Cutting down on something but still allowing yourself to enjoy it every now and then is the best way to go. I did it with beer. I’d have a pint every now and then because I enjoy it, and also I was working out so hard one pint here and there hardly mattered anyway, which made it that much more enjoyable.

The same can go for desserts, fried or fatty foods. You don’t need to cut them out completely, just cut down on them and allow yourself to enjoy them to every now and then.

I will reiterate, before embarking on any kind of drastic nutritional change, please consult a qualified dietitian or nutritional expert first. Everyone is different and has different needs. You won’t find a tailored, individual plan from hearsay or articles like this one.

Again, sorry for the selfies (and the shorts).

So How Exactly Did I Change The Way My Muscles Respond to Exercise in 6 Months?

I combined cardio, strength, stretching and balance exercises. All 4 of these were combined in the Insanity workout anyway so I did just that for the first 2 months.

After doing Insanity one time round, I loved it so much I did it again for another 2 months, this time I added in 3–4 workouts a week of 20 chin ups, 20 tricep dips, 40 push ups and 40 hanging leg raises/twists (for abs).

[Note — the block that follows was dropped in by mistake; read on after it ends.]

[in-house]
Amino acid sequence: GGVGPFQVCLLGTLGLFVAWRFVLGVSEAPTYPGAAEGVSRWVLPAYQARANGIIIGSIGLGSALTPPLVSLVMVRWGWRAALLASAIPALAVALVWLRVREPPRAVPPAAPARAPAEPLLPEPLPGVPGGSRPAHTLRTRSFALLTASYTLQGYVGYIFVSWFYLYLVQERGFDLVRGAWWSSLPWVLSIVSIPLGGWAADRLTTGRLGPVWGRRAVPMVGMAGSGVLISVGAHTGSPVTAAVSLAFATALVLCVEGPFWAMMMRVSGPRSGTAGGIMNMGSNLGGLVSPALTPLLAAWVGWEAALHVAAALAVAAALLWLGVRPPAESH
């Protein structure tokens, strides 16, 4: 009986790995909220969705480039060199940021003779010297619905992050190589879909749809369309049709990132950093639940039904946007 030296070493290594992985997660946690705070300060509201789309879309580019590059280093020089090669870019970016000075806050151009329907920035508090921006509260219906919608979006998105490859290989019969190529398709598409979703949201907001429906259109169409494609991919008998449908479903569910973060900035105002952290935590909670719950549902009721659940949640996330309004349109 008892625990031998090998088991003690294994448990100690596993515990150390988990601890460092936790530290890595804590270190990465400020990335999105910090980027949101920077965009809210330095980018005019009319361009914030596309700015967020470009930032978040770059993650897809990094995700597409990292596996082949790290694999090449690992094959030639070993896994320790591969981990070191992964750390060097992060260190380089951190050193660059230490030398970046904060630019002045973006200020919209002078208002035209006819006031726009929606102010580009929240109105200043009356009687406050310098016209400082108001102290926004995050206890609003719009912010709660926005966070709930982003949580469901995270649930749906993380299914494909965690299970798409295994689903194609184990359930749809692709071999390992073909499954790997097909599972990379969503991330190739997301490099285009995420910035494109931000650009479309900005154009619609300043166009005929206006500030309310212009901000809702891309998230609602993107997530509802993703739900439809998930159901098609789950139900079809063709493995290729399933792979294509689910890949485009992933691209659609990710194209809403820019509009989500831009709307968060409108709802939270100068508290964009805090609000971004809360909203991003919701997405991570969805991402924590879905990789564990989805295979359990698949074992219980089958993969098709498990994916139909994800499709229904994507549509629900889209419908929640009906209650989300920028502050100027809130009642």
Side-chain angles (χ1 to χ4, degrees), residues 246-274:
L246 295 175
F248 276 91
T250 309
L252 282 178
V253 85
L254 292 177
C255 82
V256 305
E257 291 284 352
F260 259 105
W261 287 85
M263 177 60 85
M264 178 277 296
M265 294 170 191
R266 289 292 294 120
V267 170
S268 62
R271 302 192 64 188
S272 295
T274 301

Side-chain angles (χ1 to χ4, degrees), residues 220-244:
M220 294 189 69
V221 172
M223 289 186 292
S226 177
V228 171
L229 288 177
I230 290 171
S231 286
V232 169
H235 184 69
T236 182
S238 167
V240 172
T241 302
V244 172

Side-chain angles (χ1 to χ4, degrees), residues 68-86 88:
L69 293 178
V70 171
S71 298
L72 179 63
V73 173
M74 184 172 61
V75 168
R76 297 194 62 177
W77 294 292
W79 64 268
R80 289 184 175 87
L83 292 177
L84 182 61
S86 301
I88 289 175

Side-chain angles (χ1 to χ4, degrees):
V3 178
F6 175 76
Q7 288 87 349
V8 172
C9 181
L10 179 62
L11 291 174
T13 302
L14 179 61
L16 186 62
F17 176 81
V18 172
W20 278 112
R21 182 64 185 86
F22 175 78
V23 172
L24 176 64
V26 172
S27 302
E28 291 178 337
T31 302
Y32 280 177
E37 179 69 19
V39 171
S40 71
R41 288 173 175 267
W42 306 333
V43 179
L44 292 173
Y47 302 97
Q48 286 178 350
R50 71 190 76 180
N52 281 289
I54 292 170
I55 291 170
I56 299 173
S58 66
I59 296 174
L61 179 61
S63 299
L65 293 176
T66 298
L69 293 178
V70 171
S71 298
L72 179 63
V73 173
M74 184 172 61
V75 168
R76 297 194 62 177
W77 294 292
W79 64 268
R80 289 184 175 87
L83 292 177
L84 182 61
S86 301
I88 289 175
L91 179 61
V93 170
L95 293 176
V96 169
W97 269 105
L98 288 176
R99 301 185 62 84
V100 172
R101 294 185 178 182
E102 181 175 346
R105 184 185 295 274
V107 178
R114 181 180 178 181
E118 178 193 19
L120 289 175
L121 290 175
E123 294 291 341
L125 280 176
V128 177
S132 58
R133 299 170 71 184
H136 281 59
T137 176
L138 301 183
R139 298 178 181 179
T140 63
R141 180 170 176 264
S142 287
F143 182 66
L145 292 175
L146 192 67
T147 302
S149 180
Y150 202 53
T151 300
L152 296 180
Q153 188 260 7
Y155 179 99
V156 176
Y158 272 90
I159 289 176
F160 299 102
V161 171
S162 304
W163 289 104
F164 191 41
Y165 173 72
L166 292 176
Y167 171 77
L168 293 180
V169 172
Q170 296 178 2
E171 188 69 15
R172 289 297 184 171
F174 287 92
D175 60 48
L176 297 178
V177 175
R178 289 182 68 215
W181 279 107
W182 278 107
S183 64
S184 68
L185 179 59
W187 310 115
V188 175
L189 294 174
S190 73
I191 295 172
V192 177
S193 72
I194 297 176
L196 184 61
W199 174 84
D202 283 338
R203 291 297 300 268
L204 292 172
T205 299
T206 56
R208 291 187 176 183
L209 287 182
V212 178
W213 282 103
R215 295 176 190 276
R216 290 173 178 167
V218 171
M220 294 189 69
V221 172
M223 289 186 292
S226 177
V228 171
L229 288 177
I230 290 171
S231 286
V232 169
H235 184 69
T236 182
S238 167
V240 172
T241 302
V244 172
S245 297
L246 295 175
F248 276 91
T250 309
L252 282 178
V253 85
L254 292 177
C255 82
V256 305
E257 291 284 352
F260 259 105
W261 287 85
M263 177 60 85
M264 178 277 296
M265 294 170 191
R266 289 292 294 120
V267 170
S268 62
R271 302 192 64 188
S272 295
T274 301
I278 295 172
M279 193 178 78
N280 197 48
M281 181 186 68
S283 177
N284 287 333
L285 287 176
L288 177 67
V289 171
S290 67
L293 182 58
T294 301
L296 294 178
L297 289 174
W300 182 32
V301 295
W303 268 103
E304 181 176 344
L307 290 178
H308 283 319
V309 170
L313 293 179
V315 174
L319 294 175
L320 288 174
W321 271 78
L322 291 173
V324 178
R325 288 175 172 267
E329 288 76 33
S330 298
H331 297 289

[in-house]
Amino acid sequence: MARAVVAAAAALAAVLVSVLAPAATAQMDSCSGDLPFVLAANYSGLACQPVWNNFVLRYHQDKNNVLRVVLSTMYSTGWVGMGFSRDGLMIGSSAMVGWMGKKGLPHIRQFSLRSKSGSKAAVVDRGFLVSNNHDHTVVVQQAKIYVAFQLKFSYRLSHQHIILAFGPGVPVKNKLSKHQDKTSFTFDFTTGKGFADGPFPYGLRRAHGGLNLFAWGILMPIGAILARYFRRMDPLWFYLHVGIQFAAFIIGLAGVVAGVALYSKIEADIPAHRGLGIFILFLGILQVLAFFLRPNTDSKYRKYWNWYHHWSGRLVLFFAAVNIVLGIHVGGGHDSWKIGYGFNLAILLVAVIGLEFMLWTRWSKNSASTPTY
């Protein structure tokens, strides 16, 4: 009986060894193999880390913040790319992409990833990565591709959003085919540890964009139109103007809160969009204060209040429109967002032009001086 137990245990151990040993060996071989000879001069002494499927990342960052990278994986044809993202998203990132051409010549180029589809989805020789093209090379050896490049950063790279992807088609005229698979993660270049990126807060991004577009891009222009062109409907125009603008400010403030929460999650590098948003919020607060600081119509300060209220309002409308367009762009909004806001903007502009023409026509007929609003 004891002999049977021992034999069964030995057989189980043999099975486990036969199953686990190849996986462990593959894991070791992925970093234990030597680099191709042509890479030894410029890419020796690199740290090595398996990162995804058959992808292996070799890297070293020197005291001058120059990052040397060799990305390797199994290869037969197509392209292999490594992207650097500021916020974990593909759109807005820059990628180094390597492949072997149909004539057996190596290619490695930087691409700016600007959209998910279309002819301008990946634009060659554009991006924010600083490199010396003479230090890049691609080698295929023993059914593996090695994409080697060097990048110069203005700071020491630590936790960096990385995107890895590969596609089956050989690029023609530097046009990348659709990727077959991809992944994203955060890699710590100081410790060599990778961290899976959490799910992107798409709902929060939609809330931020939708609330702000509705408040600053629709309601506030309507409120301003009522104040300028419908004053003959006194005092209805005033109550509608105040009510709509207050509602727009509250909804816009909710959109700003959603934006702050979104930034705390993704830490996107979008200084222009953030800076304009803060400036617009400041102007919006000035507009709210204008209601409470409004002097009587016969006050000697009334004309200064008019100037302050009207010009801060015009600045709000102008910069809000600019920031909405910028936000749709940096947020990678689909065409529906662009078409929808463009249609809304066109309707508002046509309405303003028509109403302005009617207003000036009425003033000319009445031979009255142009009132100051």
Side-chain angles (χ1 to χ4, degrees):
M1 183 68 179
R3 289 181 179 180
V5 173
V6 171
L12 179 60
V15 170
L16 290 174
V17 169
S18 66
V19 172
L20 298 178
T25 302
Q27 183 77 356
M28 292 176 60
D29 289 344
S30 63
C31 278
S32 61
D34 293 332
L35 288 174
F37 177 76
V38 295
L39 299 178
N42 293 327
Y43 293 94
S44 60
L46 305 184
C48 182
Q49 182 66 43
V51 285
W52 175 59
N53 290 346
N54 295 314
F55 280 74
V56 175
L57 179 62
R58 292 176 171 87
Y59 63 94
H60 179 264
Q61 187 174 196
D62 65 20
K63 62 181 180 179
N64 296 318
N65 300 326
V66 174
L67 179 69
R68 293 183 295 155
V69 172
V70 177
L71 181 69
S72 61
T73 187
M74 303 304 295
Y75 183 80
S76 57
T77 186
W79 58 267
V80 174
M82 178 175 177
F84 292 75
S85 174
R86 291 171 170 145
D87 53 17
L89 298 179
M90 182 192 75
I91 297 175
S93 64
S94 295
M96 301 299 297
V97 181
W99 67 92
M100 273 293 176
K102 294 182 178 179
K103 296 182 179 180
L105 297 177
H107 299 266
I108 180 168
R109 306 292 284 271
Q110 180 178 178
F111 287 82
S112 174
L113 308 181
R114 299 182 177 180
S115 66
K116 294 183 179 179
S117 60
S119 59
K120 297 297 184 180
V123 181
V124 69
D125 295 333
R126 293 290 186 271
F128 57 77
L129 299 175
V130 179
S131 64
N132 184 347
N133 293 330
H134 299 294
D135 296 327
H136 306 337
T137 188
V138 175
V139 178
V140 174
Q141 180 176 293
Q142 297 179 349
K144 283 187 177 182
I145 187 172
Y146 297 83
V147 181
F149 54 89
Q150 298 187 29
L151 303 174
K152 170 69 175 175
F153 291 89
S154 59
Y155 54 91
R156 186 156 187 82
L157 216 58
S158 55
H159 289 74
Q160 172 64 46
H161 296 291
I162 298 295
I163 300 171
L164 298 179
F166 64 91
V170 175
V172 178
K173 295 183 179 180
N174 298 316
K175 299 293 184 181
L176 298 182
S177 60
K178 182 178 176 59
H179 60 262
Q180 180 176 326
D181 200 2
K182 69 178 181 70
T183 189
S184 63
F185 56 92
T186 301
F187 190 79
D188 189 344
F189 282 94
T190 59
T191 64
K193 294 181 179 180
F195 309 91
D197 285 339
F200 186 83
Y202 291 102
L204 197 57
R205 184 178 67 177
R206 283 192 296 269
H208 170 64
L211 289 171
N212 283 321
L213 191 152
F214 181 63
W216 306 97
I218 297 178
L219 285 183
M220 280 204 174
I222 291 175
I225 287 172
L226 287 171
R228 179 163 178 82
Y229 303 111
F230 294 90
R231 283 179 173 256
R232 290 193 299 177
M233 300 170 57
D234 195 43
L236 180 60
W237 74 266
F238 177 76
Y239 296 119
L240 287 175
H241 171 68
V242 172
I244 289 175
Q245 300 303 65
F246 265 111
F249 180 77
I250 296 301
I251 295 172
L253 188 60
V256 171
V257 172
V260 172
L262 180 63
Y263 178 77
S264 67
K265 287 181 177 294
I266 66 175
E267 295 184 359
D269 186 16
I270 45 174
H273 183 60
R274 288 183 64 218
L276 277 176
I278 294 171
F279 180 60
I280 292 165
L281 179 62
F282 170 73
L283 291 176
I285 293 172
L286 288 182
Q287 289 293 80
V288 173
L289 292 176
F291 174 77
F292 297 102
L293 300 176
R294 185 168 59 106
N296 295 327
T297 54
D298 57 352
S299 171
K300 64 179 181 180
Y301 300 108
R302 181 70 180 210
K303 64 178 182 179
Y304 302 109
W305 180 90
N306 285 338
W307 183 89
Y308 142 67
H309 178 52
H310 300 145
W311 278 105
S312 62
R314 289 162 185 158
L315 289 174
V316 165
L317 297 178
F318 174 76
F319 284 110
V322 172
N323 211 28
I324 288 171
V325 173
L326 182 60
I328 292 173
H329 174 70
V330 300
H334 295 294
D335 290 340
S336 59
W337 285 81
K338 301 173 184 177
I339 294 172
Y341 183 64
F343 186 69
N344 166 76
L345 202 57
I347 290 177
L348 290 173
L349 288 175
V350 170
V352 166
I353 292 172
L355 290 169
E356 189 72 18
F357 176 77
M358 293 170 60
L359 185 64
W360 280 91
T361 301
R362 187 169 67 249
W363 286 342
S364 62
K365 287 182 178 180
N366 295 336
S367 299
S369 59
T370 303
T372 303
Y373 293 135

For the last 2 months out of the 6, after finishing Insanity for a second time round, I was familiar with the sessions and cut it down to about 3 insanity sessions per week instead of 6. I did one big stretching and balance (pilates) workout per week and 2–3 strength workouts per week.

I upped the reps to 40 chin ups, 20 wide grip chin ups, 40 tricep dips, 60 push ups, 30 V-push ups (for shoulders) and 40 hanging leg raises/twists per session.

I changed my diet slightly to fit my own personal needs. I upped my protein, water and fresh food intake, ate more often, and decreased my alcohol/beer, processed and fatty food intake. I didn’t bother with protein shakes or supplements.

From doing this, I found myself far less stressed, far happier and more balanced personality-wise and addicted to the feel-good factor of exercise. I was more confident, had a far better physique than I’ve ever had and my clothes fitted perfectly. I was a better person all round.

And now, because I hit it hard for 6 months (although it became easy after 2 months of working out because I became addicted to the exercise high), my muscles now ‘remember’ how to build. I never expected it; it’s just a very, very happy accident.

I can workout like I used to for 1–2 weeks and have a physique resembling the one in the picture at the very top. 3 weeks and it comes back fully.

I’m generally lazy and I did it. You can do it too.

Before embarking on any exercise programme, though, consult as many professionals as you can. Fitness trainers, sports injury specialists, osteopaths, nutritionists. As I’ve mentioned many times already, an individual plan is the best way to go. You’ll only get this from speaking personally to professionals in their field about your body, lifestyle and goals.

Happy working out 🙂